One on One with Wolf Blitzer

Wolf Blitzer is anchor of The Situation Room with Wolf Blitzer on CNN. He’ll broadcast live from Charlotte during the DNC —J. H.

How long have you been covering political conventions?
This is my twenty-third year at CNN. Before that I was a print journalist. The first major convention I covered was in 1980, with Ronald Reagan, and Jimmy Carter was seeking reelection. I’ve been watching these guys for a long time, and it’s been a thrilling front-row seat to history for me.

What about social media’s impact?
In recent years, the social media sites and the blogs have gotten a bigger and bigger role. People are going to get their information in various ways, on their mobile devices. There’s a lot of new technology out there that’s going to change how people watch these conventions. It’s still a work in progress, but I’m thrilled because I think the more access to information, the better off we all are.

Do you think people are going to be more informed or will there just be more clutter for them to have to wade through?
There’s always a lot of clutter, and people who want to be informed will have to be selective. They’ll have to go to the websites and the TV stations they trust and respect.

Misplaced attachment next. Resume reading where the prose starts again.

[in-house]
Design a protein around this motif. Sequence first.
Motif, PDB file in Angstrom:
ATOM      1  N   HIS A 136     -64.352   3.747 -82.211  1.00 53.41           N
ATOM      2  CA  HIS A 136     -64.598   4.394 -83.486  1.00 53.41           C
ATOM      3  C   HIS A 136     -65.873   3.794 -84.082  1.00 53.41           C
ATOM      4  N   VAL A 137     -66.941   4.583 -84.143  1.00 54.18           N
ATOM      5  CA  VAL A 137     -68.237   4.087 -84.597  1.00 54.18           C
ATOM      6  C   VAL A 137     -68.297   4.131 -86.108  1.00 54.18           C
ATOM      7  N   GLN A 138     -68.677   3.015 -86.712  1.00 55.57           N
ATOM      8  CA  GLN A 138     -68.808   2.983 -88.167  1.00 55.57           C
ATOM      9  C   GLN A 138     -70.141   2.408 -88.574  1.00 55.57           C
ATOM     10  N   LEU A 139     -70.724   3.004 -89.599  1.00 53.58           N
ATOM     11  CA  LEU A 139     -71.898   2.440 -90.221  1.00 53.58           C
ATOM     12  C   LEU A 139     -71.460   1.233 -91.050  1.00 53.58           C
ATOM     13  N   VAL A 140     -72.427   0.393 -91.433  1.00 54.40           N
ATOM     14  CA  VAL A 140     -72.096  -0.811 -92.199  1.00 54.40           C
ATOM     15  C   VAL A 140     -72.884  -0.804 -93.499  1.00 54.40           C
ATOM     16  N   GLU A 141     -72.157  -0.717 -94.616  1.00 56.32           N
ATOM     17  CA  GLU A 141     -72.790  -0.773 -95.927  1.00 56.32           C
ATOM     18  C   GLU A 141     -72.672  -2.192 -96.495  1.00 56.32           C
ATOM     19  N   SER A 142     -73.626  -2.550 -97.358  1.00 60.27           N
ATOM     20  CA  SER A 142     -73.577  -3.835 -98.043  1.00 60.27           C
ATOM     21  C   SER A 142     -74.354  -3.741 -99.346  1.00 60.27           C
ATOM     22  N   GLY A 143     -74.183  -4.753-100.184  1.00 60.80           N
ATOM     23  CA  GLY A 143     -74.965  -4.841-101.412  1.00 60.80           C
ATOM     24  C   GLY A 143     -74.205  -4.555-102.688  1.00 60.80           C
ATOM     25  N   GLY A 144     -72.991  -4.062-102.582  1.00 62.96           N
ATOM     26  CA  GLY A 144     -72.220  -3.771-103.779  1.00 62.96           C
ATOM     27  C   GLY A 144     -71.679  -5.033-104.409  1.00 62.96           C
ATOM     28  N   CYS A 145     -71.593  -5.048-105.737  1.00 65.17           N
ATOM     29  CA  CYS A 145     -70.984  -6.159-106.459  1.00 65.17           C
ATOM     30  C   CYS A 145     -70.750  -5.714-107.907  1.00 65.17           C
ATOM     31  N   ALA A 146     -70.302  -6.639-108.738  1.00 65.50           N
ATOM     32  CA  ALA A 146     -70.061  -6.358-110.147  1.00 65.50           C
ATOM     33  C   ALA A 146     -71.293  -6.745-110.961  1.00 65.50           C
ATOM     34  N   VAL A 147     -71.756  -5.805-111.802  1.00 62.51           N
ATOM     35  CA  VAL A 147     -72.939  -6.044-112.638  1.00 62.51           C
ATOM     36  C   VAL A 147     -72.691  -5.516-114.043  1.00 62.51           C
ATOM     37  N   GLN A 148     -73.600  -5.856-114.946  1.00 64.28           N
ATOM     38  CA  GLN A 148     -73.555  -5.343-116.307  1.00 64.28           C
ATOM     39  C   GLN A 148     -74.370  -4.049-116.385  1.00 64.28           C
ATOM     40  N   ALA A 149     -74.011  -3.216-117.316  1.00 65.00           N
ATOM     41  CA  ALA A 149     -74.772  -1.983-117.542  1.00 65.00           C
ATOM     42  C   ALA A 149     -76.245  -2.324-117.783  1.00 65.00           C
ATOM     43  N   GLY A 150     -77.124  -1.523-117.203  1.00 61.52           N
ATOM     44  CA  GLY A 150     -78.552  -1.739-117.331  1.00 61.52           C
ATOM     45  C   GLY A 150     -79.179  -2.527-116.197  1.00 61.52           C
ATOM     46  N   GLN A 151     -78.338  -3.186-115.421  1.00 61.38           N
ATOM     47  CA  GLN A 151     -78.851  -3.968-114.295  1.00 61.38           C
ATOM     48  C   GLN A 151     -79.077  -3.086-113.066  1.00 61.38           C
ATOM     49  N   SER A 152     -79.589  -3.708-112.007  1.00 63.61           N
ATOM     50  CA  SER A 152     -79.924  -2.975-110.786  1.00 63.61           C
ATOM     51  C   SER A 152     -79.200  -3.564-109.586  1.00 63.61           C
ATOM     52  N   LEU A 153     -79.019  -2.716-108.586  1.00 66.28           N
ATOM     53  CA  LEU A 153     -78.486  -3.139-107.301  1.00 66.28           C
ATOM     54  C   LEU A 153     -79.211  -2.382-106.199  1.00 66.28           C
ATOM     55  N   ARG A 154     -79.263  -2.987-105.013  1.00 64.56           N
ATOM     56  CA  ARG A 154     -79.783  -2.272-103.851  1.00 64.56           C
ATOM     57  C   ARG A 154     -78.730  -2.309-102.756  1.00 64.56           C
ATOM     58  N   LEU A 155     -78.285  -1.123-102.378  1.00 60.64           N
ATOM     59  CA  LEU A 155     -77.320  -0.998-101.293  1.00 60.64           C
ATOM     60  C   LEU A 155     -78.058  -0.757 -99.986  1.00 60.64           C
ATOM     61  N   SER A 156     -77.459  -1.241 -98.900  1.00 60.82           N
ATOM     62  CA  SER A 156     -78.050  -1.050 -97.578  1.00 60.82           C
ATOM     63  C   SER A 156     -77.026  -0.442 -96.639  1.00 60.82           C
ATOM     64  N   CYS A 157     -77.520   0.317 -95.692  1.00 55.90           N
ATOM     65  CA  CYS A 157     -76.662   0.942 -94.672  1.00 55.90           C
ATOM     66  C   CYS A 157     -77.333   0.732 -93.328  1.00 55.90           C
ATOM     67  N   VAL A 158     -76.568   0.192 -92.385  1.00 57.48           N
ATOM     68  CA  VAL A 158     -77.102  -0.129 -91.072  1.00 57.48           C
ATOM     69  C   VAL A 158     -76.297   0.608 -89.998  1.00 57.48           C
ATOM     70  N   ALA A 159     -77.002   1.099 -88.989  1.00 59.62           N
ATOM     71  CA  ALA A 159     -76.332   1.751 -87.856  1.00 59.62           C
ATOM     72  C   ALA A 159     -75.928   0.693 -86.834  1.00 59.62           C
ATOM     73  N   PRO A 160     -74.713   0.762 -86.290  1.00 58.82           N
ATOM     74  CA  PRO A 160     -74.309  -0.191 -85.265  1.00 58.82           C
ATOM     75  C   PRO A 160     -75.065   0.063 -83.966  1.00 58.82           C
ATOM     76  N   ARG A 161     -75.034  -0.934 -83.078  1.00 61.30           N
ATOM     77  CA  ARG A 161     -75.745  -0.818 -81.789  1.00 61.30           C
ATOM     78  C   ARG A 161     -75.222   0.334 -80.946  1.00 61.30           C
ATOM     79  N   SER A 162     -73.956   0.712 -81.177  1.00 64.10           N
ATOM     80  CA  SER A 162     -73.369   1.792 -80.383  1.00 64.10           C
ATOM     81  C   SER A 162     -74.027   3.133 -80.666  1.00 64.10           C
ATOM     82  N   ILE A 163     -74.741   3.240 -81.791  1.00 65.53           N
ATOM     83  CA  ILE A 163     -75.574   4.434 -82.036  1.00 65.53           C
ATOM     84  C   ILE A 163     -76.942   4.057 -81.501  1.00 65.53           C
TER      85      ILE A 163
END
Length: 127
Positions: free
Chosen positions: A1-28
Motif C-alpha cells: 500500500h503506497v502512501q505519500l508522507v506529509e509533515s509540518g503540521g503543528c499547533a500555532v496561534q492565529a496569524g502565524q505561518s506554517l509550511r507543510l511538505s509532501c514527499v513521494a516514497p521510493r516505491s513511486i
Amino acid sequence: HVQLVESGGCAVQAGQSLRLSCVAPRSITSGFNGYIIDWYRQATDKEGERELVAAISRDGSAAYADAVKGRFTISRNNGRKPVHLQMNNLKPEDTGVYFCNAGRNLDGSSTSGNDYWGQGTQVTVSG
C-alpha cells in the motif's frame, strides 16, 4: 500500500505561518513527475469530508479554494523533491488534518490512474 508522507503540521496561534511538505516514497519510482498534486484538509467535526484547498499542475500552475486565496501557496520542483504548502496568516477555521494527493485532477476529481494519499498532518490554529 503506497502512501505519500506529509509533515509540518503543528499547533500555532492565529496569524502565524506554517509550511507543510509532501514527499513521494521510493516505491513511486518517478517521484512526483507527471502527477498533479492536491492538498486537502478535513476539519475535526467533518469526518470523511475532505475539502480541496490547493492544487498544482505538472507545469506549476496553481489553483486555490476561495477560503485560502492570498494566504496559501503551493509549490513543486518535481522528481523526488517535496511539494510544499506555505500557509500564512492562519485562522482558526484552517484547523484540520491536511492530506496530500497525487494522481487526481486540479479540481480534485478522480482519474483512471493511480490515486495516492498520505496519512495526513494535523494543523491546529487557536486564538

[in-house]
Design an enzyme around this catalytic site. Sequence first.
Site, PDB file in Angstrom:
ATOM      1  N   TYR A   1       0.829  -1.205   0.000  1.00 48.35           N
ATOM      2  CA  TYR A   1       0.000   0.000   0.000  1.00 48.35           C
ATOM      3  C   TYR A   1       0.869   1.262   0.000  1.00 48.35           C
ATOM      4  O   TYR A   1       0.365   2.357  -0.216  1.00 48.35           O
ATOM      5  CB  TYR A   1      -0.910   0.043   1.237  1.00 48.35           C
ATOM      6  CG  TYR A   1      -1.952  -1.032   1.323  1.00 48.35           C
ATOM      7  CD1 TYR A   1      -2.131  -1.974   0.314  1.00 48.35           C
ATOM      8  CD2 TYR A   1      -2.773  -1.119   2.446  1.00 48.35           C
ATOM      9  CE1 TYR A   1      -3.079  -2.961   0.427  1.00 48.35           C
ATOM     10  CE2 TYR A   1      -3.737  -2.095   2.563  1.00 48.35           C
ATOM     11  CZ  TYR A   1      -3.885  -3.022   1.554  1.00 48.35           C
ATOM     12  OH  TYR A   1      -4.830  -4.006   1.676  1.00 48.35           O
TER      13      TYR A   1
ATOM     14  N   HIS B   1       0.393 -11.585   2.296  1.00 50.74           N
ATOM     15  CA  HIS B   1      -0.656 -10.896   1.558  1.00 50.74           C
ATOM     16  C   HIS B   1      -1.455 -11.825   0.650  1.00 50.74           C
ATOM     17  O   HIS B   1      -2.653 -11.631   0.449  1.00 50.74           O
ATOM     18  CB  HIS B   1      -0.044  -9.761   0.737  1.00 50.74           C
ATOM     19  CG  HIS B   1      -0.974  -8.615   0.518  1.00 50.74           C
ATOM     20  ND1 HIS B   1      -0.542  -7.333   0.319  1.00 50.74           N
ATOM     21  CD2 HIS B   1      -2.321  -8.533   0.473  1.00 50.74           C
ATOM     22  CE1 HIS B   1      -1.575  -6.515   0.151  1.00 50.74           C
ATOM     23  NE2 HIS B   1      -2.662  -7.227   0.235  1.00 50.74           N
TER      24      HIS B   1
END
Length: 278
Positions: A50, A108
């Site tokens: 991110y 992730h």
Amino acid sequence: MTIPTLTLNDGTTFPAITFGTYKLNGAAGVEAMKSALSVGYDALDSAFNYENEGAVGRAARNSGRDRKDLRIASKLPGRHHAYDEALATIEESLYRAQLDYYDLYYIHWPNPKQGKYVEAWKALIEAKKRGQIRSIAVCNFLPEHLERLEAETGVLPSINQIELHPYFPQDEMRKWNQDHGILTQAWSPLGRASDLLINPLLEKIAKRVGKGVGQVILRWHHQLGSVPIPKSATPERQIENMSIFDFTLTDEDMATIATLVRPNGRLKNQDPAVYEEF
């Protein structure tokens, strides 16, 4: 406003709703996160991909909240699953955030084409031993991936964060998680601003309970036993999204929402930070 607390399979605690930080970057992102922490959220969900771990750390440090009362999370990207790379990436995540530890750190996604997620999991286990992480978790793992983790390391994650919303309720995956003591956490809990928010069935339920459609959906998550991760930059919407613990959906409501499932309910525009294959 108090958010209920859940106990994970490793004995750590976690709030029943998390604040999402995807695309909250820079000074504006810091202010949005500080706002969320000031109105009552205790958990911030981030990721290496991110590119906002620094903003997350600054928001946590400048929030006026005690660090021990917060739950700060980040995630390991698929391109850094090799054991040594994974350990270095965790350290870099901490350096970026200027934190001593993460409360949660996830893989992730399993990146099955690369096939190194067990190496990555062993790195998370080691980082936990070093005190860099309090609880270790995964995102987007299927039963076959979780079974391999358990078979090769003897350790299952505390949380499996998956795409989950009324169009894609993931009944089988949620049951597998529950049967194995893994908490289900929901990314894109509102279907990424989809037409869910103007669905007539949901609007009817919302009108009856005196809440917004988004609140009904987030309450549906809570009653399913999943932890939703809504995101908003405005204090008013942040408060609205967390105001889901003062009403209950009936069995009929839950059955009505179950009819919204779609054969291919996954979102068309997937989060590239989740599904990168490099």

The presidential debates aren’t until October. Won’t the public have made up their minds by then?
My own sense is that right now maybe 45 to 47 percent of people are definitely going to vote for President Obama, and 45 to 47 percent are definitely going to vote for Mitt Romney. So let’s say there’s about an 8 to 10 percent group of Americans that are either leaning one way but can still be convinced to go the other way or are still legitimately undecided. All those commercials that are out there, all these speeches that these guys are giving, all the stuff their campaigns are doing, and these debates in October, they’re designed to go after that 10 percent of Americans. This is going to be a fierce battle over the next few months, and the Democratic Convention in Charlotte and the Republican Convention the week before in Tampa, Florida, are both going to be significant.  

The Democrats selected Charlotte to host their convention, but a lot has happened in North Carolina since that decision. How do you see this all playing out?
I have total confidence that the folks in Charlotte will do an excellent job organizing and putting together a fine convention. The question is can President Obama do what he did four years ago by carrying North Carolina? It’s going to be hard unless he energizes that base of the Democratic Party and gets the vote out. Certainly with the economy in North Carolina, like it is in the rest of the country, there are issues. This is going to be a very close race between President Obama and Mitt Romney. North Carolina is a key battleground state.

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